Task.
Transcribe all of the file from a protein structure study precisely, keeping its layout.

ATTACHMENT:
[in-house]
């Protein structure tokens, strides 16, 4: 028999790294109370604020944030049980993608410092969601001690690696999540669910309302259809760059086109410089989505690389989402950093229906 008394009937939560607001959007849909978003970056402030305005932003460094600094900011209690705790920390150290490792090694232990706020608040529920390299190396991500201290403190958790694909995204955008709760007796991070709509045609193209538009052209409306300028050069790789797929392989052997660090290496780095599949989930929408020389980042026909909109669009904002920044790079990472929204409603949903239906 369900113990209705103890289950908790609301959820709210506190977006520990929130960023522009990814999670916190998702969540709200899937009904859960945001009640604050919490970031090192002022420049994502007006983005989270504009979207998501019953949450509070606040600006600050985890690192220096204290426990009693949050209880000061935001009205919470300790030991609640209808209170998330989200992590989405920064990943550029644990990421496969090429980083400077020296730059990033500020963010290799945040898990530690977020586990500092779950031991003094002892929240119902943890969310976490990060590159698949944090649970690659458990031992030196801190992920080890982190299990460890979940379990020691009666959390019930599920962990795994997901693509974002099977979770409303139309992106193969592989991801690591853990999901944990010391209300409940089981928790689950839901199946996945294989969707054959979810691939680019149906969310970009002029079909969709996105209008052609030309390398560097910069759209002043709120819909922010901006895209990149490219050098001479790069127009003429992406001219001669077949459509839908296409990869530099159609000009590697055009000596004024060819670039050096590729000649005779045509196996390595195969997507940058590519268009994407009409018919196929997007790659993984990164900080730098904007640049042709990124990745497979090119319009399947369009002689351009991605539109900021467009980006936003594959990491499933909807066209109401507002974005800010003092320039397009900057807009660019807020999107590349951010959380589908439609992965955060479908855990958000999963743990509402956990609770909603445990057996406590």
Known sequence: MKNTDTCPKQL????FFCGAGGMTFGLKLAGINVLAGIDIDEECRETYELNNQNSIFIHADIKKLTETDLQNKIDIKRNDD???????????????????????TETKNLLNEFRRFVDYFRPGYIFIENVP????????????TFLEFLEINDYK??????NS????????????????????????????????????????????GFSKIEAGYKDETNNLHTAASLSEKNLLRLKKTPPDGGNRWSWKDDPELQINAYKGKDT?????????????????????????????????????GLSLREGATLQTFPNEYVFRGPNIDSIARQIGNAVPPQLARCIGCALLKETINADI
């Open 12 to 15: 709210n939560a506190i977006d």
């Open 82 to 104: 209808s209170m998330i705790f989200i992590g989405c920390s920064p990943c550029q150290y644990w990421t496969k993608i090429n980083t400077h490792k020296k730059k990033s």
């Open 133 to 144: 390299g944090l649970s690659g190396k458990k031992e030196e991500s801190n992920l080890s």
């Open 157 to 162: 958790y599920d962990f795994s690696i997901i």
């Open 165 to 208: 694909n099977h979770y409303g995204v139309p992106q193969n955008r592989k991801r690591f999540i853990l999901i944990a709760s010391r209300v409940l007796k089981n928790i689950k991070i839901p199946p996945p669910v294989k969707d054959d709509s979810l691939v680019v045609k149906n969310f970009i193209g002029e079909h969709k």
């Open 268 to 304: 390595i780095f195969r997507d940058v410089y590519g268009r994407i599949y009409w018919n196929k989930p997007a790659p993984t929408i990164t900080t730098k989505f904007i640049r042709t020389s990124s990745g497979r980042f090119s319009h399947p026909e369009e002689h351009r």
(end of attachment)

[in-house]
């Protein structure tokens, strides 16, 4: 028999790294109370604020944030049980993608410092969601001690690696999540669910309302259809760059086109410089989505690389989402950093229906 008394009937939560607001959007849909978003970056402030305005932003460094600094900011209690705790920390150290490792090694232990706020608040529920390299190396991500201290403190958790694909995204955008709760007796991070709509045609193209538009052209409306300028050069790789797929392989052997660090290496780095599949989930929408020389980042026909909109669009904002920044790079990472929204409603949903239906 369900113990209705103890289950908790609301959820709210506190977006520990929130960023522009990814999670916190998702969540709200899937009904859960945001009640604050919490970031090192002022420049994502007006983005989270504009979207998501019953949450509070606040600006600050985890690192220096204290426990009693949050209880000061935001009205919470300790030991609640209808209170998330989200992590989405920064990943550029644990990421496969090429980083400077020296730059990033500020963010290799945040898990530690977020586990500092779950031991003094002892929240119902943890969310976490990060590159698949944090649970690659458990031992030196801190992920080890982190299990460890979940379990020691009666959390019930599920962990795994997901693509974002099977979770409303139309992106193969592989991801690591853990999901944990010391209300409940089981928790689950839901199946996945294989969707054959979810691939680019149906969310970009002029079909969709996105209008052609030309390398560097910069759209002043709120819909922010901006895209990149490219050098001479790069127009003429992406001219001669077949459509839908296409990869530099159609000009590697055009000596004024060819670039050096590729000649005779045509196996390595195969997507940058590519268009994407009409018919196929997007790659993984990164900080730098904007640049042709990124990745497979090119319009399947369009002689351009991605539109900021467009980006936003594959990491499933909807066209109401507002974005800010003092320039397009900057807009660019807020999107590349951010959380589908439609992965955060479908855990958000999963743990509402956990609770909603445990057996406590």
Known sequence: MKNTDTCPKQL????FFCGAGGMTFGLKLAGINVLAGIDIDEECRETYELNNQNSIFIHADIKKLTETDLQNKIDIKRNDD???????????????????????TETKNLLNEFRRFVDYFRPGYIFIENVP????????????TFLEFLEINDYK??????NS????????????????????????????????????????????GFSKIEAGYKDETNNLHTAASLSEKNLLRLKKTPPDGGNRWSWKDDPELQINAYKGKDT?????????????????????????????????????GLSLREGATLQTFPNEYVFRGPNIDSIARQIGNAVPPQLARCIGCALLKETINADI
């Open 12 to 15: 709210n939560a506190i977006d």
């Open 82 to 104: 209808s209170m998330i705790f989200i992590g989405c920390s920064p990943c550029q150290y644990w990421t496969k993608i090429n980083t400077h490792k020296k730059k990033s």
């Open 133 to 144: 390299g944090l649970s690659g190396k458990k031992e030196e991500s801190n992920l080890s």
């Open 157 to 162: 958790y599920d962990f795994s690696i997901i």
């Open 165 to 208: 694909n099977h979770y409303g995204v139309p992106q193969n955008r592989k991801r690591f999540i853990l999901i944990a709760s010391r209300v409940l007796k089981n928790i689950k991070i839901p199946p996945p669910v294989k969707d054959d709509s979810l691939v680019v045609k149906n969310f970009i193209g002029e079909h969709k």
């Open 268 to 304: 390595i780095f195969r997507d940058v410089y590519g268009r994407i599949y009409w018919n196929k989930p997007a790659p993984t929408i990164t900080t730098k989505f904007i640049r042709t020389s990124s990745g497979r980042f090119s319009h399947p026909e369009e002689h351009r």